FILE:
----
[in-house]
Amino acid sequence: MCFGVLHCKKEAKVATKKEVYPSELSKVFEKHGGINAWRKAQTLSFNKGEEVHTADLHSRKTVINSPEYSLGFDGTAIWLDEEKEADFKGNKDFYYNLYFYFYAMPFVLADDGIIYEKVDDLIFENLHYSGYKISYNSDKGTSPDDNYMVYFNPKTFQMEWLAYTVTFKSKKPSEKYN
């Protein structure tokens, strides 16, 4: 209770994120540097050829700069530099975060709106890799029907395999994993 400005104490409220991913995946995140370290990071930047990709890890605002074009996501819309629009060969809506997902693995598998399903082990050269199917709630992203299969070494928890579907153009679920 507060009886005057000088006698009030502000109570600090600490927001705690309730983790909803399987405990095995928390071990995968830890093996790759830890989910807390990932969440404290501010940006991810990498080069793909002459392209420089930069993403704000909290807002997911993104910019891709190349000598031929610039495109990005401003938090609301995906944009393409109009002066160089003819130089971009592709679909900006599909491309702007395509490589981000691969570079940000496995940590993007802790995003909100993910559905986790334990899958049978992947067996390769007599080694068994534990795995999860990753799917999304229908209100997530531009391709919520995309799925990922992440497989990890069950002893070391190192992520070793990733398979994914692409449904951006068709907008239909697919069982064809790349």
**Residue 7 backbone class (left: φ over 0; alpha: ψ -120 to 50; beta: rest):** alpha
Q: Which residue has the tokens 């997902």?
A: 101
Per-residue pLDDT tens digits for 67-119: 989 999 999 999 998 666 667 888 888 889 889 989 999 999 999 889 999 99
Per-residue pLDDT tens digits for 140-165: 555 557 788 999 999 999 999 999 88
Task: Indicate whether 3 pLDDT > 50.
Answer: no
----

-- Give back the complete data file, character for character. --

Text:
[in-house]
Amino acid sequence: MCFGVLHCKKEAKVATKKEVYPSELSKVFEKHGGINAWRKAQTLSFNKGEEVHTADLHSRKTVINSPEYSLGFDGTAIWLDEEKEADFKGNKDFYYNLYFYFYAMPFVLADDGIIYEKVDDLIFENLHYSGYKISYNSDKGTSPDDNYMVYFNPKTFQMEWLAYTVTFKSKKPSEKYN
């Protein structure tokens, strides 16, 4: 209770994120540097050829700069530099975060709106890799029907395999994993 400005104490409220991913995946995140370290990071930047990709890890605002074009996501819309629009060969809506997902693995598998399903082990050269199917709630992203299969070494928890579907153009679920 507060009886005057000088006698009030502000109570600090600490927001705690309730983790909803399987405990095995928390071990995968830890093996790759830890989910807390990932969440404290501010940006991810990498080069793909002459392209420089930069993403704000909290807002997911993104910019891709190349000598031929610039495109990005401003938090609301995906944009393409109009002066160089003819130089971009592709679909900006599909491309702007395509490589981000691969570079940000496995940590993007802790995003909100993910559905986790334990899958049978992947067996390769007599080694068994534990795995999860990753799917999304229908209100997530531009391709919520995309799925990922992440497989990890069950002893070391190192992520070793990733398979994914692409449904951006068709907008239909697919069982064809790349």
**Residue 7 backbone class (left: φ over 0; alpha: ψ -120 to 50; beta: rest):** alpha
Q: Which residue has the tokens 């997902």?
A: 101
Per-residue pLDDT tens digits for 67-119: 989 999 999 999 998 666 667 888 888 889 889 989 999 999 999 889 999 99
Per-residue pLDDT tens digits for 140-165: 555 557 788 999 999 999 999 999 88
Task: Indicate whether 3 pLDDT > 50.
Answer: no